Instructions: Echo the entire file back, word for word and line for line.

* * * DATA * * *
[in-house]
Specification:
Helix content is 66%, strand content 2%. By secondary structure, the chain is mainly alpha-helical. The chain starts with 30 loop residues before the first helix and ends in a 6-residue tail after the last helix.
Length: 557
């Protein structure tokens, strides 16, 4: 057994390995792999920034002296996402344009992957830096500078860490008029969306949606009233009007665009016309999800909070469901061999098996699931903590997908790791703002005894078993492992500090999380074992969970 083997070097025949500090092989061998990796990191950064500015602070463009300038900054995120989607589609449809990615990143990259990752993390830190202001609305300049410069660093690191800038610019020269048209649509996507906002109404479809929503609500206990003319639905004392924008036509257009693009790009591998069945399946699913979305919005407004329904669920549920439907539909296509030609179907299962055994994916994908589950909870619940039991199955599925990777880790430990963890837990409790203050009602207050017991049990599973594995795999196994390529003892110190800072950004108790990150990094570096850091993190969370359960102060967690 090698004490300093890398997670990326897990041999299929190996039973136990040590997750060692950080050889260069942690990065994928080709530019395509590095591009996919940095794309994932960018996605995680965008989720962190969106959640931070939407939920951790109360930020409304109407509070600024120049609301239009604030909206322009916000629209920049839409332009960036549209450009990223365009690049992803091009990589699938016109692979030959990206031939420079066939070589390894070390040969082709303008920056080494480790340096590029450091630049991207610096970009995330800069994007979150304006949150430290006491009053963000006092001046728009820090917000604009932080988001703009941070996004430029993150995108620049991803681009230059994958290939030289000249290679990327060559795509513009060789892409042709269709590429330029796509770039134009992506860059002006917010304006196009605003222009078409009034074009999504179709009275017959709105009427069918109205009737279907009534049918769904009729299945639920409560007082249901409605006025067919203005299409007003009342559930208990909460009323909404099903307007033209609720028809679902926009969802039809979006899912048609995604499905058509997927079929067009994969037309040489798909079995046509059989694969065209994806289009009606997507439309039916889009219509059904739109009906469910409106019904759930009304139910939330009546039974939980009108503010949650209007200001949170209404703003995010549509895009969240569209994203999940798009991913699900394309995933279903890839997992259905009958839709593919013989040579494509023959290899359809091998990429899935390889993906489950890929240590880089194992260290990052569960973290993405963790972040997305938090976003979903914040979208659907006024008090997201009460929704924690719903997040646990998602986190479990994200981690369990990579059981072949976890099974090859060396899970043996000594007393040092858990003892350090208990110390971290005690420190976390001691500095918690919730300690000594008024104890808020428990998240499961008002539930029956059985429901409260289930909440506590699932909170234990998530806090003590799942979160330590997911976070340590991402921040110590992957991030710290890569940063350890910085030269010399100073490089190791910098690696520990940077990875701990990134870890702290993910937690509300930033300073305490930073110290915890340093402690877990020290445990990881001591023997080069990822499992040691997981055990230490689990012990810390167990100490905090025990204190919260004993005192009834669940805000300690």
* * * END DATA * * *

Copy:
[in-house]
Specification:
Helix content is 66%, strand content 2%. By secondary structure, the chain is mainly alpha-helical. The chain starts with 30 loop residues before the first helix and ends in a 6-residue tail after the last helix.
Length: 557
């Protein structure tokens, strides 16, 4: 057994390995792999920034002296996402344009992957830096500078860490008029969306949606009233009007665009016309999800909070469901061999098996699931903590997908790791703002005894078993492992500090999380074992969970 083997070097025949500090092989061998990796990191950064500015602070463009300038900054995120989607589609449809990615990143990259990752993390830190202001609305300049410069660093690191800038610019020269048209649509996507906002109404479809929503609500206990003319639905004392924008036509257009693009790009591998069945399946699913979305919005407004329904669920549920439907539909296509030609179907299962055994994916994908589950909870619940039991199955599925990777880790430990963890837990409790203050009602207050017991049990599973594995795999196994390529003892110190800072950004108790990150990094570096850091993190969370359960102060967690 090698004490300093890398997670990326897990041999299929190996039973136990040590997750060692950080050889260069942690990065994928080709530019395509590095591009996919940095794309994932960018996605995680965008989720962190969106959640931070939407939920951790109360930020409304109407509070600024120049609301239009604030909206322009916000629209920049839409332009960036549209450009990223365009690049992803091009990589699938016109692979030959990206031939420079066939070589390894070390040969082709303008920056080494480790340096590029450091630049991207610096970009995330800069994007979150304006949150430290006491009053963000006092001046728009820090917000604009932080988001703009941070996004430029993150995108620049991803681009230059994958290939030289000249290679990327060559795509513009060789892409042709269709590429330029796509770039134009992506860059002006917010304006196009605003222009078409009034074009999504179709009275017959709105009427069918109205009737279907009534049918769904009729299945639920409560007082249901409605006025067919203005299409007003009342559930208990909460009323909404099903307007033209609720028809679902926009969802039809979006899912048609995604499905058509997927079929067009994969037309040489798909079995046509059989694969065209994806289009009606997507439309039916889009219509059904739109009906469910409106019904759930009304139910939330009546039974939980009108503010949650209007200001949170209404703003995010549509895009969240569209994203999940798009991913699900394309995933279903890839997992259905009958839709593919013989040579494509023959290899359809091998990429899935390889993906489950890929240590880089194992260290990052569960973290993405963790972040997305938090976003979903914040979208659907006024008090997201009460929704924690719903997040646990998602986190479990994200981690369990990579059981072949976890099974090859060396899970043996000594007393040092858990003892350090208990110390971290005690420190976390001691500095918690919730300690000594008024104890808020428990998240499961008002539930029956059985429901409260289930909440506590699932909170234990998530806090003590799942979160330590997911976070340590991402921040110590992957991030710290890569940063350890910085030269010399100073490089190791910098690696520990940077990875701990990134870890702290993910937690509300930033300073305490930073110290915890340093402690877990020290445990990881001591023997080069990822499992040691997981055990230490689990012990810390167990100490905090025990204190919260004993005192009834669940805000300690």